May Days in Hong Kong
Riot and Emergency in 1967
ISBN : 978-962-209-082-8
232 pages, 6″ x 9″
Also available in Paperback HK$180.00
In this study of the anti-colonial riots which erupted in Hong Kong in May 1967, the authors of May Days in Hong Kong shed new light on their causes, their impact on future government policy and on Sino-British relations, and their legacy for Hong Kong society and governance, and the people of the territory.
This is the first sustained exploration of the anti-colonial campaign that was inspired by the Cultural Revolution in China, recent events in Macao, and fuelled by inequalities in Hong Kong society. The riots presented a sustained challenge to British authority. As leftist-led demonstrations evolved into a terrorist bombing campaign, the British security response was also markedly strengthened. Using recently opened archival records, the authors explore the course of the events, their international and imperial contexts, and their connection to the upheaval in China, and Britain’s own changing world role. The events of 1967 are also grounded in the wider sweep of Hong Kong’s history.
The second part of the book presents testimonies from Hong Kong residents, participants in different ways in the unfolding events, which speak to the salience of 1967 in Hong Kong’s popular memory. There has been an awkward silence about this episode for almost forty years, and this book begins to normalize discussion about it, and its place in Hong Kong, Chinese and British imperial history.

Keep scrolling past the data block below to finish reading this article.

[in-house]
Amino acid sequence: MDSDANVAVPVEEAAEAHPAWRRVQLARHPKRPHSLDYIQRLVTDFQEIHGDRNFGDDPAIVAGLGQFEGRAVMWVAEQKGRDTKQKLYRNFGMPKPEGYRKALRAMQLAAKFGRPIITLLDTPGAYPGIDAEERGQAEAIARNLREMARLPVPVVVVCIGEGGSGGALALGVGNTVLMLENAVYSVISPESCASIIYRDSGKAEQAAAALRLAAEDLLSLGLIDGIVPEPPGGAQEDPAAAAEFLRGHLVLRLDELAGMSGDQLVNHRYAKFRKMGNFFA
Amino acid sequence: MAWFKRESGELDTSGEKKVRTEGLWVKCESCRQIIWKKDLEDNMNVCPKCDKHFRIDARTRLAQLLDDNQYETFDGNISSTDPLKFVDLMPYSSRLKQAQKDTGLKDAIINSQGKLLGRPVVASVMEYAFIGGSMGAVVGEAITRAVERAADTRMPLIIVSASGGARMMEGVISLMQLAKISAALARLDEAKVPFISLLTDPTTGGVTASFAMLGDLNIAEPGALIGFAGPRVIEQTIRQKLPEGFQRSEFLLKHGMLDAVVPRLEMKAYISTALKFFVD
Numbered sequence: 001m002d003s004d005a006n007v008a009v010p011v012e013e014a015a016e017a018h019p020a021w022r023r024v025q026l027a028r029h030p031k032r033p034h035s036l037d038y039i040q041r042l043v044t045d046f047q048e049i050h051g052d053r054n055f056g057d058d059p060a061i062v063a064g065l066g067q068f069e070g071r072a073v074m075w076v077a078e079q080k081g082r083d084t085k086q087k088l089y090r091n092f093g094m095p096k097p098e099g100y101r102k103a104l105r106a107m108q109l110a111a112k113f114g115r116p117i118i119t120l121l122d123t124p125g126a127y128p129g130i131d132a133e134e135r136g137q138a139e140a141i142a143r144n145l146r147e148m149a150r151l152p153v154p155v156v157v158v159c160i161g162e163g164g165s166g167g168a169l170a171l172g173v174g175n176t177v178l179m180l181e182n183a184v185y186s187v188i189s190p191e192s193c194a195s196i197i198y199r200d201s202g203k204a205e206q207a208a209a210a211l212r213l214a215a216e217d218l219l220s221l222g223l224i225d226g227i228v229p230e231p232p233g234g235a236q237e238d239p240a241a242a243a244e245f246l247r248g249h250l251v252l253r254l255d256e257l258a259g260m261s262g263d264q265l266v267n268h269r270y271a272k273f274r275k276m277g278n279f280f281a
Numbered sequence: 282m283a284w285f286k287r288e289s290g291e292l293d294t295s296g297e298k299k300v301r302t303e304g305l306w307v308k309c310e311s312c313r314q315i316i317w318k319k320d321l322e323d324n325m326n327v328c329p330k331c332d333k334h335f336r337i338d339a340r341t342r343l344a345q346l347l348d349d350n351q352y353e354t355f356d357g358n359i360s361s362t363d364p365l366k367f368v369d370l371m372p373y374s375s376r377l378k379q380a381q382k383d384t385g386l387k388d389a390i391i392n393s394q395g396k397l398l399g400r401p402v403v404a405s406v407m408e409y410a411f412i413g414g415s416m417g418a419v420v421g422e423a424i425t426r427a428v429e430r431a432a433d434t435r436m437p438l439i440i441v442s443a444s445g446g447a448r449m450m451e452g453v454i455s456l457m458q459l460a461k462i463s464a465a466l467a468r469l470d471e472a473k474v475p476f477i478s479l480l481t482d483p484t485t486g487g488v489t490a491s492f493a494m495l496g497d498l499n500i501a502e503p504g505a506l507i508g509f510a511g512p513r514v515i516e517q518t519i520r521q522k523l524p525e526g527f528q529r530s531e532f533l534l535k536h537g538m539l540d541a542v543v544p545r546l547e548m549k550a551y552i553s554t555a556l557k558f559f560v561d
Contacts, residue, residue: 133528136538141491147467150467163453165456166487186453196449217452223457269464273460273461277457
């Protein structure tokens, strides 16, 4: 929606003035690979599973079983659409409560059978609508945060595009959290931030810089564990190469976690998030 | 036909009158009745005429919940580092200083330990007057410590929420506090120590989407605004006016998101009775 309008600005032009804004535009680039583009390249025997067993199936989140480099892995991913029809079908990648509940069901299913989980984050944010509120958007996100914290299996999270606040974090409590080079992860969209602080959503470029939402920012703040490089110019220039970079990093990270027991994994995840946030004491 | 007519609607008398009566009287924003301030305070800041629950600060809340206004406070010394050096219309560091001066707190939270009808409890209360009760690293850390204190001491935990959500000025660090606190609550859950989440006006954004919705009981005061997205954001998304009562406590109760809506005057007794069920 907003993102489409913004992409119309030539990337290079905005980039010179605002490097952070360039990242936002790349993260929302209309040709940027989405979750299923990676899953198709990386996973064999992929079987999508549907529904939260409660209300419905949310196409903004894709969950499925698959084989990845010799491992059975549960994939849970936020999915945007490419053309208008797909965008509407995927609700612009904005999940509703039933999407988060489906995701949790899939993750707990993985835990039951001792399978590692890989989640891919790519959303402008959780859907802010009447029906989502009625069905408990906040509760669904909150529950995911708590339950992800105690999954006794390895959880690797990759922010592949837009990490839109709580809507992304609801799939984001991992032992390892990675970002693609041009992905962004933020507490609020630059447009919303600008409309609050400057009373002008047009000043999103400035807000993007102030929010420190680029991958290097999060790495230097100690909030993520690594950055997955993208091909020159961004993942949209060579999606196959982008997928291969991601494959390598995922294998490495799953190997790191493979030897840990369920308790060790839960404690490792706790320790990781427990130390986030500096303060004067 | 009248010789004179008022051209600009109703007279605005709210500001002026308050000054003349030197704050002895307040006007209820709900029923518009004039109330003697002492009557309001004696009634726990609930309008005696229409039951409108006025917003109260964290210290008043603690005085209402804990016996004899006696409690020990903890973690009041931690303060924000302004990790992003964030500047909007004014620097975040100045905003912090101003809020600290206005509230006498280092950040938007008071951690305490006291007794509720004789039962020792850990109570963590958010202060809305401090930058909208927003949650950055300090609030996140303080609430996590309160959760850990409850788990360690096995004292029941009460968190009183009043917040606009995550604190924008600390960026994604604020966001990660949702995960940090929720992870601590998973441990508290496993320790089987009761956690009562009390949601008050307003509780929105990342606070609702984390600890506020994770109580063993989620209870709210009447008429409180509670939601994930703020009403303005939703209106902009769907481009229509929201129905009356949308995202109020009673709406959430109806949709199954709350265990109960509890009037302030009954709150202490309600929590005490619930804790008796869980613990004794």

The readership will include scholars and students studying Hong Kong, Chinese and British imperial history and politics, as well as a popular readership interested in Hong Kong history, society and politics.
“This is the first major scholarly study of the crisis that engulfed British-ruled Hong Kong in 1967. It will be essential reading for those concerned with Hong Kong’s tortuous passage to 1997, and invaluable to the wider understanding of Britain’s end of empire—to which the precarious survival of Hong Kong as a colony appeared such a spectacular exception.” —John Darwin, Nuffield College, University of Oxford
“This outstanding book is a major contribution to our understanding of modern Hong Kong. It recounts the story of how the political and social culture was radically changed by the anti-colonial upsurge of 1967, even though the community rejected the Maoist turmoil that swept the rest of China during the Cultural Revolution. The individual essays are a pleasure to read: original and often exciting, they set new standards for Hong Kong’s historians.” —Leo F. Goodstadt, author of Uneasy Partners: The Conflict Between Public Interest and Private Profit in Hong Kong and Profits, Politics and Panics: Hong Kong’s Banks and the Making of a Miracle Economy, 1935–1985